N Melo
by N Melo
April 29, 2022 0

By David Atangana

When it comes to human rights abuses, the government of Cameroon and its soldiers have made it a point of duty, not to be outdone. It is now common knowledge that over 40 commercial motorbike riders arrested in Oku a few days ago were the handiwork of the dreaded Rapid Intervention Battalion (BIR), an elite unit of Cameroon’s defense forces.

Cameroon government forces have been waging a war against armed English-speaking separatists in the North West and South West regions who are striving to create a breakaway state called “Ambazonia”. The war however, seems to be for the most part, against the civilian population than the armed combatants.

The war has been going on for nearly six years and counting. Both sides have recorded severe losses in human and material forms. These have made them always turn against the civilian population, making the transfer of aggression to become a common phenomenon. In most cases, the population is scapegoated and targeted by the warring factions.

The recent incident in Oku is not a new phenomenon and should come as no surprise to anyone who has followed the conflict over the years. The axiom of ‘giving a dog a bad name to hang it’ holds true in this instance as Cameroon government forces rounded the said bike riders and tagged them Ambazonia fighters, thereby effectively transforming, civilians into enemy combatants. This claim was and is still being circulated by pro-government activists and military platforms. This raises serious concerns given that such allegations are sufficient grounds for summary execution or indefinite incarceration if we are to go by previous actions of the Cameroon government and its military.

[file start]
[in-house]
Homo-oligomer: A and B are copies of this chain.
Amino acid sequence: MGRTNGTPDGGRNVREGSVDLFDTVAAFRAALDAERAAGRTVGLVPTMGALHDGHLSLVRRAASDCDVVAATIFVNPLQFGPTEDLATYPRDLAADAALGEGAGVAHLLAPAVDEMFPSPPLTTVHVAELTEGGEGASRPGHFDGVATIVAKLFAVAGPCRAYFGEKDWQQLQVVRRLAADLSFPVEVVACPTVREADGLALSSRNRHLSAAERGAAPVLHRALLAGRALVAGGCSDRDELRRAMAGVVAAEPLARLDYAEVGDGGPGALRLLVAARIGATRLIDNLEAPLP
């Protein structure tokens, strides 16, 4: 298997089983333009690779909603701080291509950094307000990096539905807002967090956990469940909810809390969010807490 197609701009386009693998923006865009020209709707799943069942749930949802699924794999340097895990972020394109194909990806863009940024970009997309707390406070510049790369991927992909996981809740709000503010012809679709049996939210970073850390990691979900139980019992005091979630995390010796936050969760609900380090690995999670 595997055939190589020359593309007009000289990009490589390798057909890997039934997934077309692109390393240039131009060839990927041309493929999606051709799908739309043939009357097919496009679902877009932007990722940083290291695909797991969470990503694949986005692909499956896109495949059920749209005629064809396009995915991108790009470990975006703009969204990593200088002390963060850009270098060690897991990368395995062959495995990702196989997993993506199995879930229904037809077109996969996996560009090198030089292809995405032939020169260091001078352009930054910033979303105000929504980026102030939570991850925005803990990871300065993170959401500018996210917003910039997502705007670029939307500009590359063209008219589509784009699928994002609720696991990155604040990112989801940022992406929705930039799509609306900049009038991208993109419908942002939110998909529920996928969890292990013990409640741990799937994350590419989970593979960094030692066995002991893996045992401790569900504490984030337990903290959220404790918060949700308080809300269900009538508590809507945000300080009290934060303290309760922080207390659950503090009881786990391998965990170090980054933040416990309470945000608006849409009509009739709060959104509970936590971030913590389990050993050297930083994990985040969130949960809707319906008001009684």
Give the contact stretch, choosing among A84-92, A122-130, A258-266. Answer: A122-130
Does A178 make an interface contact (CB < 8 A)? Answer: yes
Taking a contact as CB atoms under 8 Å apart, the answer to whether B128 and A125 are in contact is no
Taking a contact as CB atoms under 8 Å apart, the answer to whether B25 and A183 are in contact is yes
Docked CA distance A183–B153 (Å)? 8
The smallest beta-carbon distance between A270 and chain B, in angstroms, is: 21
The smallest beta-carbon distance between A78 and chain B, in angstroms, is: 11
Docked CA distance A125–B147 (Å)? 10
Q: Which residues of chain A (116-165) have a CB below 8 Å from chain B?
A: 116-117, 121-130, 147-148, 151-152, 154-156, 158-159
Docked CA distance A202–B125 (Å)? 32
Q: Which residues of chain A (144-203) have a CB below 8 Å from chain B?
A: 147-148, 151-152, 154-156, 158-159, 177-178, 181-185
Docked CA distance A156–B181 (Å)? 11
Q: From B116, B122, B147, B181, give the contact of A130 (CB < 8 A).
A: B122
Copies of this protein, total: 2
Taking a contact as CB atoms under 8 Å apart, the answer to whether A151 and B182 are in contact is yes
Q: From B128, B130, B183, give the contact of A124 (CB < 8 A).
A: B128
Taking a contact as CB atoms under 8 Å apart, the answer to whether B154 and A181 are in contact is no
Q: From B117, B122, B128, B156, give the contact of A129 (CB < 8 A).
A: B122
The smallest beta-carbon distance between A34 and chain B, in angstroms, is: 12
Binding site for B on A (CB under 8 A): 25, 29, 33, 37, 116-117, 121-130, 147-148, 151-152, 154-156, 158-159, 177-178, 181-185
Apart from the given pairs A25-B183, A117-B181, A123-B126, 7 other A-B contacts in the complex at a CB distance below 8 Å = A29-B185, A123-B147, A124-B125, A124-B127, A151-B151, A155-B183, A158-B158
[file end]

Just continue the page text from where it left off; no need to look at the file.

The unfortunate young men who were traveling to Oku to bury a colleague, Mkong Roland, who was shot dead by government soldiers in Bamenda, will at this stage most likely be wondering if they will ever regain their freedom.

Locals were taken aback when the faces of these bike riders emerged on social media platforms tagging them as separatist fighters who have been captured alive by security and defense forces.

No weapons are reported to have been seen with any of the bike riders now believed to be detained somewhere in Bamenda, headquarters of the North West region. This, however, seems to be the least of the Regional government’s worries, as it is keen to prove to their ailing boss in Yaounde, that they are doing something worthwhile. It remains a mystery to many who question how a military force trained by foreign experts can go as far as implicating armless civilians in the name of fighting separatists without proof. Some critical minds however have argued that it should not be surprising, given that this has been the modus operandi of the Biya government for about 4 decades.

Describing the action of the military and by extension, the government of Cameroon as an act of cowardice will not be an overstatement given that the bike riders committed no crime nor have been proven to have links with the separatists. It is now clear that the Cameroon government and its military have decided to go for soft targets rather than engage their real enemy, the Ambazonian separatist fighters. Many people say if the soldiers are brave enough, they should go for the fighters and allow civilians in peace.

N Melo
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